When he is remembered at all, Chris Smith receives momentary attention every time someone bothers to check and see who composed "Ballin' the Jack." His contribution to early jazz and the growth of the entertainment industry, however, was more substantial than his subsequent obscurity would seem to imply. Following a period of involvement with an Afro-American medicine show, Smith teamed up with his boyhood chum Elmer Bowman (1879-1916). Their two-man vaudeville team was successful enough to warrant a move to New York, where Smith found plenty of work devising songs for some of the most eminently successful black entertainers. One lasting professional alliance was with lyricist Cecil Mack (aka R.C. McPherson). Smith's first notable success, "Good Morning, Carrie" was published in 1901. "Shame on You," the result of his collaboration with Jolly John Larkins, enjoyed some popularity in 1904. Smith and Mack cooked up "All in Down and Out" in 1906, and produced two hits in 1908: "Down Among the Sugar Cane" and "You're in the Right Church but the Wrong Pew." This last number, made popular by comedian Bert Williams, could very well be the source of "You've Got the Right String Baby but the Wrong Yo-Yo." 1909 found Smith working with lyricist Jim Burris. They concocted humorous ditties with noteworthy titles like "There's a Big Cry-Baby in the Moon," "Come After Breakfast, Bring 'Long Your Lunch and Leave 'Fore Supper Time," and "Transmagnificanbamdamuality (Or C-A-T Spells Cat)."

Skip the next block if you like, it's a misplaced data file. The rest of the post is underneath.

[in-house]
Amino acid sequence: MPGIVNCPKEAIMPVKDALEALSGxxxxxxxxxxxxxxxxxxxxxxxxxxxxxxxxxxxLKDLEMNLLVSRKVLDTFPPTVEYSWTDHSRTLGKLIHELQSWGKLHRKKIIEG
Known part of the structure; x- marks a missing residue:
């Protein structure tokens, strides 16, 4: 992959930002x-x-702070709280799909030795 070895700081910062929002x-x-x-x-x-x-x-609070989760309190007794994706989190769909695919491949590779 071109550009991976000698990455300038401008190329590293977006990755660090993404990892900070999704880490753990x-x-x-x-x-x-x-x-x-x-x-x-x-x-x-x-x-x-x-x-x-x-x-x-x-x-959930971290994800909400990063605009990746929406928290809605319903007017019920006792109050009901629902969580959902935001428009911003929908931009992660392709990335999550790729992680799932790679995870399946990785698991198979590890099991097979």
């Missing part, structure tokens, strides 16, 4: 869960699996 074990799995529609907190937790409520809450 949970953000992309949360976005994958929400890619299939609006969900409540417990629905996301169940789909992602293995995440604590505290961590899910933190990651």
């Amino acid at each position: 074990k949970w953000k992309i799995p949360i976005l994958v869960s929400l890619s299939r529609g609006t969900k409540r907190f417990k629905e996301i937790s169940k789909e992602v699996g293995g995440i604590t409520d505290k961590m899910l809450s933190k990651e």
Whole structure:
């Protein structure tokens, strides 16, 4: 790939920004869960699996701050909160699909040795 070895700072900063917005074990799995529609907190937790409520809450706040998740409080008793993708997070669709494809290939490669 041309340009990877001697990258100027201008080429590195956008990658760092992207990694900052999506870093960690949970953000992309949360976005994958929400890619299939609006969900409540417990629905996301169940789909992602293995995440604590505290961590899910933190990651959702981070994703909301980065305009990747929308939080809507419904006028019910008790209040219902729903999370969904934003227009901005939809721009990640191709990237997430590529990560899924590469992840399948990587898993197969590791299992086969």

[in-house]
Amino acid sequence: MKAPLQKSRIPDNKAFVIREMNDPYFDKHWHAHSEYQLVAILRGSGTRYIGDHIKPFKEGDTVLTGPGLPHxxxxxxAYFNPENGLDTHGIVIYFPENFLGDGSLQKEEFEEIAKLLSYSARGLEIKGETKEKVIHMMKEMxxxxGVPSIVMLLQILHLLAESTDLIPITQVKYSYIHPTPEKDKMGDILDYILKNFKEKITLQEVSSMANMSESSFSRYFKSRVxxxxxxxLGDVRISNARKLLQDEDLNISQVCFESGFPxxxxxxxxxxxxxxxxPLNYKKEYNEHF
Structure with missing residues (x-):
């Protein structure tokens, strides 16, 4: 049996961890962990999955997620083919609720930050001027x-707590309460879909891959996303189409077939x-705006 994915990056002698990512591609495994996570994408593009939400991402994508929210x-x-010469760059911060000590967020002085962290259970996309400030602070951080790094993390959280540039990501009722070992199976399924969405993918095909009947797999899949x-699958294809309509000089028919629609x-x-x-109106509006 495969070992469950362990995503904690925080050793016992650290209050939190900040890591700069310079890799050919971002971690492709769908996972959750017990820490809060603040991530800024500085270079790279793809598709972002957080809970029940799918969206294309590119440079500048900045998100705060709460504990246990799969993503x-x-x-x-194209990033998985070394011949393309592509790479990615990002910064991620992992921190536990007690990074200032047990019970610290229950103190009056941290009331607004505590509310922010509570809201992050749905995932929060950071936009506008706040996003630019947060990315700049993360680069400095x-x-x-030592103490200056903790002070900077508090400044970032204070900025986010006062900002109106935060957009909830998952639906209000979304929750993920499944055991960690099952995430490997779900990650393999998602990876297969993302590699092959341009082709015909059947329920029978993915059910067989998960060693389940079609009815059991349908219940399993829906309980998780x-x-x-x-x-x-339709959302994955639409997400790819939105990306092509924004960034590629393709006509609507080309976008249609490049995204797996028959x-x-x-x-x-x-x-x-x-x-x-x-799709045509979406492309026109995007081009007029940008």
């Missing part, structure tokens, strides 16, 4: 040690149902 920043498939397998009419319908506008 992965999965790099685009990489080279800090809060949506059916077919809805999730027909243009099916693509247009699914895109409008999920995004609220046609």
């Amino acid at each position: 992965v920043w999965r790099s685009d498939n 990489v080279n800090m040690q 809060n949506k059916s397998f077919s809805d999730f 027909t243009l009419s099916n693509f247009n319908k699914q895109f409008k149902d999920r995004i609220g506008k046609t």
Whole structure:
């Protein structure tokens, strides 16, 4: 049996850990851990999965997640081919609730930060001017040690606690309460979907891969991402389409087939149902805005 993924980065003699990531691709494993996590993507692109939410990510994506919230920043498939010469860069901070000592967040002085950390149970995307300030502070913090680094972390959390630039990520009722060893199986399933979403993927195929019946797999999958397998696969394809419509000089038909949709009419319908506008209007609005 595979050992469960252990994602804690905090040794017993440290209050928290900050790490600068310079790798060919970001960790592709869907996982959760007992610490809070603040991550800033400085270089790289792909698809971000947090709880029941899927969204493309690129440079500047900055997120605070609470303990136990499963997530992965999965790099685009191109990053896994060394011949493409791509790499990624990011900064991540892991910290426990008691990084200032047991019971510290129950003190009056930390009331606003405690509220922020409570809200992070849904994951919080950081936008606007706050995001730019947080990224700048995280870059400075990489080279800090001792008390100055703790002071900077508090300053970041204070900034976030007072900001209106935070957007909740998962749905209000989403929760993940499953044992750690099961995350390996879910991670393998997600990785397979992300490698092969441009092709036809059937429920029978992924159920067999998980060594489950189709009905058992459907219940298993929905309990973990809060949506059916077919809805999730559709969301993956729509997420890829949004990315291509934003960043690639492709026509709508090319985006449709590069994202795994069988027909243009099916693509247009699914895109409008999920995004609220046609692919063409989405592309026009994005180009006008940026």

In 1910, Smith and Bert Williams collaborated on two songs specifically designed for Williams' inimitable stage presence: "Constantly," and "If He comes In, I'm Going Out." While the year 1911 only yielded something called "Honky Tonky Monkey Rag," during 1912 Smith and Bowman gave the world "That Puzzlin' Rag," "Beans, Beans, Beans," and "That Snakey Rag," (soon to be popularized by Fanny Brice), while Smith paired up with lyricist Jack Drislane to create the ballad "After All That I've Been to You." Hot music-wise, 1913 found Smith at the peak of his powers, for it was during this year that he composed "Fifteen Cents," set words to Luckey Roberts' electrifying "Junk Man Rag," and brought about a few preliminary tremors of the Jazz Age by introducing "Ballin' the Jack," an authentic fox trot with lyrics by Jim Burris. One reason the song caught on so quickly was due to the effect upon the public of a red-hot instrumental rendition, presented by James Reese Europe's Society Orchestra. Coasting on the success of this archetypal stomp, in 1915 Smith published "Keep It Up," closely basing this tune upon its famous predecessor. In 1916, Smith wrote "Down in Honky Tonk Town," "Never Let the Same Bee Sting You Twice," and "San Francisco Blues," which was his first commercial venture in that idiom, placing him in league with W.C. Handy as a pioneer of published blues.
As jazz erupted throughout the world, Smith managed to slip in several hot notions of his own. 1921's "I've Got My Habits On," written in collaboration with Jimmy Durante, enjoyed wide circulation in the form of a player piano roll by James P. Johnson. In 1924, Smith trundled out a tune with the vestigially vaudevillian title "If You Sheik on Your Mama, Your Mama's Gonna Sheba on You." But the biggest surprise was yet to come: On December 18, 1929 Fats Waller & His Buddies recorded Chris Smith's "Lookin' for Another Sweetie," a lovely exercise in wistfulness sung with sentimental passion by Orlando Roberson. Within a few years, that unforgettable melody was hijacked, only to reappear with new lyrics under the title "I'm Confessin' (That I Love You)," now credited to Doc Daugherty, Al J. Neiburg and Ellis Reynolds. What happened here? Was Smith bought out? Or did he completely fall out of the music business and lose control of his own catalog? The remaining years of his life are shrouded in mystery. Chris Smith passed away in New York City on October 4, 1949.